An injured person must prove their case at trial. They must introduce pertinent evidence including proof of medical bills that are reasonably priced. The defendant can attack this evidence.
The judge rules on the admissibility of the medical bills and other damages and the jury decides how much compensation the injured party receives.
To make trials more efficient and fair, Texas law has allowed the parties to prove and disprove medical bills and records with affidavits since 1979.
The Texas Supreme Court issued an opinion on Friday that will dramatically curb the use of these affidavits and require doctors to testify in person.
The justices directed a Corpus Christi trial court to vacate its order that struck a counter-affidavit filed by the plaintiff’s car insurance company.
The injured driver had filed a lawsuit against Allstate (her car insurer) for refusing to pay her excess damages under her underinsured motorists policy. She had already settled with the at-fault driver’s insurance company for their limits of $30,000 but she had serious injuries and large bills.
Her attorneys filed the medical affidavits proving these bills pursuant to Section 18.001 of the Texas Civil Practices & Remedies Code.
Allstate’s attorneys filed a counter-affidavit from a non-practicing nurse who was a medical billing expert. She contested $37,000 of the plaintiff’s medical expenses and said they only should have been $12,000, so the plaintiff was not entitled to further payment.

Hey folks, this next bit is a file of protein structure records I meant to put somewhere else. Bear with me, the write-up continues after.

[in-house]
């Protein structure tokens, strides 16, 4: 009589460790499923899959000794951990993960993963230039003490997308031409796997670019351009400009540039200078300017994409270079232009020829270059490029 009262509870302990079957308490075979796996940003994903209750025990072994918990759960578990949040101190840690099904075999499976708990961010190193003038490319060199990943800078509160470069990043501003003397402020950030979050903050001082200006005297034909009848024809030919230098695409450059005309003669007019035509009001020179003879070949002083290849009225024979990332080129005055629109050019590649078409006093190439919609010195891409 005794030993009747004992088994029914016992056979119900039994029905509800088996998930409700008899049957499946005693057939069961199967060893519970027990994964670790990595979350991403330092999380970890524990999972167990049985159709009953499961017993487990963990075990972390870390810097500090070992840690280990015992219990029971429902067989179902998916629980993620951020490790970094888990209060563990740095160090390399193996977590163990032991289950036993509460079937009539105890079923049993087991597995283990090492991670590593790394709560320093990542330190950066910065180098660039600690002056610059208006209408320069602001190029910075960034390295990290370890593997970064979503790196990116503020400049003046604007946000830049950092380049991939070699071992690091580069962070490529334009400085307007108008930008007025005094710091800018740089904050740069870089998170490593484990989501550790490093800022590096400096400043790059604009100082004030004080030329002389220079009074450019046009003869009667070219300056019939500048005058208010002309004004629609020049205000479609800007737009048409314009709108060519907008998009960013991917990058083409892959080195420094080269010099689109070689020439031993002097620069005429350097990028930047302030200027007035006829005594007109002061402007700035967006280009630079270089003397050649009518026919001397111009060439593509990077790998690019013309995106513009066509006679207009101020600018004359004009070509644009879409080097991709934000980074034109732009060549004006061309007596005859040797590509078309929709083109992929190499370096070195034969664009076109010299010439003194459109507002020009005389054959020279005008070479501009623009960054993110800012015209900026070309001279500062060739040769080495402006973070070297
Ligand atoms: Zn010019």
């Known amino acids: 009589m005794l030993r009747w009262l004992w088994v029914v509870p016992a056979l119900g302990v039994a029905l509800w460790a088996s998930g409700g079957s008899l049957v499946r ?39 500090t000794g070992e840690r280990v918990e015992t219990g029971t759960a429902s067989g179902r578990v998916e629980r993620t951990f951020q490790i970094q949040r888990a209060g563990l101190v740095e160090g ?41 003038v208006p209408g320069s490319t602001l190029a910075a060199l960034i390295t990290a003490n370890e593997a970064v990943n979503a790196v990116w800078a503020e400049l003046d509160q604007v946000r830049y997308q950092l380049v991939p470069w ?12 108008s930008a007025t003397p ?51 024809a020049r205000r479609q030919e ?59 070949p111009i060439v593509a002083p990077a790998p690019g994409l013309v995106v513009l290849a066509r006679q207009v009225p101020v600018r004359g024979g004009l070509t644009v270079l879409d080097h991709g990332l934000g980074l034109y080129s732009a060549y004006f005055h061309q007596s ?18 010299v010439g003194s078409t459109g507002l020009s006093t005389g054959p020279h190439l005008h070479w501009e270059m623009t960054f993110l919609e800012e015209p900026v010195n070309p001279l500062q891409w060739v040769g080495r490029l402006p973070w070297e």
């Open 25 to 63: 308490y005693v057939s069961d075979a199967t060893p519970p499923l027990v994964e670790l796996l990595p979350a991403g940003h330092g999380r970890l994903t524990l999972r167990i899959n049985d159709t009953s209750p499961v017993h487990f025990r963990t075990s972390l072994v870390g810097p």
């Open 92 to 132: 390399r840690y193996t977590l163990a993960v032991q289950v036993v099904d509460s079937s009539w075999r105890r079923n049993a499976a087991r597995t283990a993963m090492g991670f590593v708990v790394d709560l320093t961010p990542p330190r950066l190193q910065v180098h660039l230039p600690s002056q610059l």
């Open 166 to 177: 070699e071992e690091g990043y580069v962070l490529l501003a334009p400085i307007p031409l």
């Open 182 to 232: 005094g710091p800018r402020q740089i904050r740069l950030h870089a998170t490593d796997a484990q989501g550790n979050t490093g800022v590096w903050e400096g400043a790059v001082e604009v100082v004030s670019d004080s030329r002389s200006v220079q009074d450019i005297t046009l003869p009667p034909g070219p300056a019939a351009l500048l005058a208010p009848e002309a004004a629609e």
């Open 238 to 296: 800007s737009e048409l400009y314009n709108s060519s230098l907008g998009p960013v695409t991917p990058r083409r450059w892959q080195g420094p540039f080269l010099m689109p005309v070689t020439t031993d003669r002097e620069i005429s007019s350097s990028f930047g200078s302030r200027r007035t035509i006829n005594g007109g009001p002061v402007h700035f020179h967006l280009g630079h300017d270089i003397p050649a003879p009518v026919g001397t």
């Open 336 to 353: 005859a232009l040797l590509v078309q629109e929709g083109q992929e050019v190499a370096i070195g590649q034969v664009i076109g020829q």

The trial judge overruled this affidavit and disallowed reference to the billing expert’s testimony.
The court of appeals affirmed the ruling. Allstate filed a writ of mandamus to reverse that order.
The Supreme Court held that the trial court committed error when it struck the company’s counter-affidavit for these reasons:
This decision will make it even harder for the injured party to recoup their medical expenses.
The insurance company is authorized to hire someone with knowledge of billing or software programs, but not of medicine, to decide what a doctor should have charged.
They can rely on unreliable and self-serving software written to slash the cost of health insurance payments — and jury verdicts.
Further, the court’s ruling relaxes the requirement that a counter-affidavit even has to be filed, let alone what it has to say to be admitted into evidence. This will lead to lengthier, more expensive trials and appeals.
Ironically, the Supreme Court enacted new guidelines that became effective this year that it said were designed to provide for the “prompt, efficient, and cost-effective resolution of civil actions.”
This opinion follows on the heels of the Supreme Court’s and State Legislature’s reducing the size of medical bills over the years. And state lawmakers are considering a new law that will further reduce the medical bills an injured person can be paid.
Getting repaid for medical bills after being in a crash or other injury-causing event is challenging, even without these new restrictions on the proof of medical bills.